History and Citizenship Education, Secondary III

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The first occupants1

Long before the arrival of the Europeans, North America was occupied by Native (Amerindian and Inuit) populations. Although their social and territorial organizations varied, these populations shared a conception of the world with a similar relationship to the universe. This conception of the world was represented by the image of a great circle, which symbolized the interdependence of the different aspects of life and the fundamental interconnectedness of all beings, animate and inanimate. The designated focus for the study of the social phenomenon The first occupants is The connection between conception of the world and social organization.

The concepts prescribed by the program are not explained by means of specific statements. It is through the appropriate use of historical knowledge related to the social phenomenon studied that students develop their understanding of the following concepts: circle of life, conception of the world2, culture, Elders3, environment, issue, oral tradition, society, spirituality, territory.

The table below shows how some historical knowledge has been reorganized.

Program

Reorganization Progression of learning
  • Economic activities

This element of knowledge has been moved to Secondary IV.

Secondary IV:
Economy and development
First occupants

  • 1. Trading networks
  • Migration flows
This element of knowledge has been moved to Secondary IV.

Secondary IV:
Population and settlement
First occupants

  • 1.1. Migrations
  • Social relationships
This element of knowledge is associated with the social phenomenon Culture and currents of thought in Secondary IV, but studied in Secondary III.

Secondary III:
The first occupants

  • 2.5. Social relationships

Student constructs knowledge with teacher guidance.

Student applies knowledge by the end of the school year.

 

Student reinvests knowledge.

Year
3 4
  1. Native people in Québec today
    1. Names the federal law which applies to Native peoples: the Indian Act
 
    1. Names Native political institutions (e.g. Grand Council of the Crees, Makivik Corporation)
 
    1. Describes the demographic situation of Native communities (e.g. high birth rate; population with a majority of young people)
 
  1. First occupants around 1500
  • 2.1.   Language families
    1. Names the three Native language families in Québec: Algonquian, Inuit, Iroquoian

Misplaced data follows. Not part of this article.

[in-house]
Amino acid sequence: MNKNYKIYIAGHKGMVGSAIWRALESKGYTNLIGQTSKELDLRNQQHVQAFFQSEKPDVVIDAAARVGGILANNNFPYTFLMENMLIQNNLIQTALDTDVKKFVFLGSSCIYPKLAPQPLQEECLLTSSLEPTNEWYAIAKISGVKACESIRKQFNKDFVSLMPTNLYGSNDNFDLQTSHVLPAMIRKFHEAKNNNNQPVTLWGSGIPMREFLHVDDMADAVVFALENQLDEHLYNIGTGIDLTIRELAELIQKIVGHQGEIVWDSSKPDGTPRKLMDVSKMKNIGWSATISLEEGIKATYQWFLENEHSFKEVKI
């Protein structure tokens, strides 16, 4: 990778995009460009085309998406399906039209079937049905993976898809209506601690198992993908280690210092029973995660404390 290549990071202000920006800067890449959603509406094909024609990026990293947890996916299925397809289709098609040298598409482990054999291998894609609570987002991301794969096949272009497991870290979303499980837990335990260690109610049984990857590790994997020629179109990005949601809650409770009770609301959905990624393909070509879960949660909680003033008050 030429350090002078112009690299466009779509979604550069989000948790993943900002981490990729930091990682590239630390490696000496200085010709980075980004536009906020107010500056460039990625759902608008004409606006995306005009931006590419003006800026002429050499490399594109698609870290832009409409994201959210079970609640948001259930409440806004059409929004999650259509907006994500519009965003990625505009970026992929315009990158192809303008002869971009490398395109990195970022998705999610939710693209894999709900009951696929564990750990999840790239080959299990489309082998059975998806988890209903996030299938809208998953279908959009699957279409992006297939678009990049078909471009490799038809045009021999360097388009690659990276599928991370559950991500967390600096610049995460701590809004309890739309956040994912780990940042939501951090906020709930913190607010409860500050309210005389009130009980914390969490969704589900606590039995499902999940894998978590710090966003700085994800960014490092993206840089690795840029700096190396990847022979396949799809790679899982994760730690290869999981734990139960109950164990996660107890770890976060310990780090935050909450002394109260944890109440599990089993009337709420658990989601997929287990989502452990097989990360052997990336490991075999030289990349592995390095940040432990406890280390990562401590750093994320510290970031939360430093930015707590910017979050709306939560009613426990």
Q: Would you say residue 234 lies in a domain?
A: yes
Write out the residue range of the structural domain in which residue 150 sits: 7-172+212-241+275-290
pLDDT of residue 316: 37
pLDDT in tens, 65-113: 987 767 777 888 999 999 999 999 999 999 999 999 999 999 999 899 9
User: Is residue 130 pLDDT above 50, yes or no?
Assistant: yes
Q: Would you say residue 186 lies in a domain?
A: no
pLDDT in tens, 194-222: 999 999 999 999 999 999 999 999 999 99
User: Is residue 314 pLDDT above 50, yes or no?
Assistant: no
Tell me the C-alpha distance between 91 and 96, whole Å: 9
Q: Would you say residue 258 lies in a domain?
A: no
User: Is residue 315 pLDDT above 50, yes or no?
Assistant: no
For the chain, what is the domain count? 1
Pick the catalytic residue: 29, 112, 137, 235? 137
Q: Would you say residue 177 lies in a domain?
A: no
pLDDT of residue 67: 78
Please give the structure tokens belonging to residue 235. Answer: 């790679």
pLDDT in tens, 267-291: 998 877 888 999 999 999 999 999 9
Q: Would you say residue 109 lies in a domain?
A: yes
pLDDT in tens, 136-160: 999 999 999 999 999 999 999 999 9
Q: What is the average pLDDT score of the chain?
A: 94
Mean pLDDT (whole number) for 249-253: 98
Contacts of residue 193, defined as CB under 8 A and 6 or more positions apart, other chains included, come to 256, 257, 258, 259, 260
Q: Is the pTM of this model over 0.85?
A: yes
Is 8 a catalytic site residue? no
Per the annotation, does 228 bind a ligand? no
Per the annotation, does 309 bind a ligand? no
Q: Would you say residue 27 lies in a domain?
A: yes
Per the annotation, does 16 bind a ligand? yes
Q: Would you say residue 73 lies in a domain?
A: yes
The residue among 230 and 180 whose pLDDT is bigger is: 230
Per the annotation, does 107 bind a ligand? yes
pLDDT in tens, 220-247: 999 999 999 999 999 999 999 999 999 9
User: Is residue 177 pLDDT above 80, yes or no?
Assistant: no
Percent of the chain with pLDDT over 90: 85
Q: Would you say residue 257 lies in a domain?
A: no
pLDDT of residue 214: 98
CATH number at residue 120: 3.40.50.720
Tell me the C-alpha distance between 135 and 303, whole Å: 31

• 2.2.   Conception of the world
    1. Indicates the term used to designate the Native people’s conception of the world: circle of life
 
    1. Gives characteristics of the circle of life: interdependence of the different aspects of life and fundamental interconnectedness of all beings, animate and inanimate
 
  • 2.3.   Expression of the sacred
    1. Indicates times connected with the expression of the sacred for the first occupants (e.g. funeral rites, rites of passage)
 
    1. Names objects associated with the expression of the sacred for the first occupants (e.g. masks, dreamcatchers)
 
  • 2.4.   Relationship to the Universe
    1. Describes the beliefs linked to the first occupants’ conception of the world:  animate and inanimate beings forming a circle of life; time represented as a cycle
 
    1. Names one way in which the conception of the world was transmitted among the first occupants: oral tradition
 
    1. Identifies the main group responsible for transmitting the conception of the world, myths and stories among the first occupants: the Elders
 
  • 2.5.  Social relationships
    1. Describes the roles assigned to women and men in a Native group (e.g. among the Huron, women were responsible for agriculture and men were responsible for hunting)
 
    1. Indicates how the consideration granted to the Elders by the first occupants was reflected in their political structures: the Elders played a key role in decision-making
 
    1. Describes the methods used by the first occupants to select leaders (e.g. women Elders designated chiefs among the Iroquoians; the bravest hunters were designated as chiefs among the Algonquians)
 
    1. Indicates the decision-making method used by the first occupants: the council
 
    1. Describes how the first occupants considered the territory they occupied and its resources: everything was shared between the members of the community
 
  1. Native claims and the recognition of rights in Québec today
    1. Indicates Native demands (e.g. respect for Native rights and treaty rights; political autonomy)
 
    1. Indicates what is stipulated in the Indian Act concerning the ownership of reserves and the powers of band councils: the reserve is owned by the federal government, but managed by the band council which ensures the observance of law and order
 
    1. Names some of the Fundamental principles of peaceful co-existence expressed by the Assembly of the First Nations of Québec and Labrador: the right to self-determination; the right to freely determine their political status; the right to enter into treaties on a nation-to-nation basis
 
    1. Names the categories of Native rights recognized by the Constitution Act, 1982: Native rights, in other words, land rights that have not been ceded by treaty or extinguished by law, and treaty rights
 
1.  The first occupants were the Amerindians and Inuit.
2.  Central concepts are indicated in boldface.
3.  Historical concepts appear in italics.

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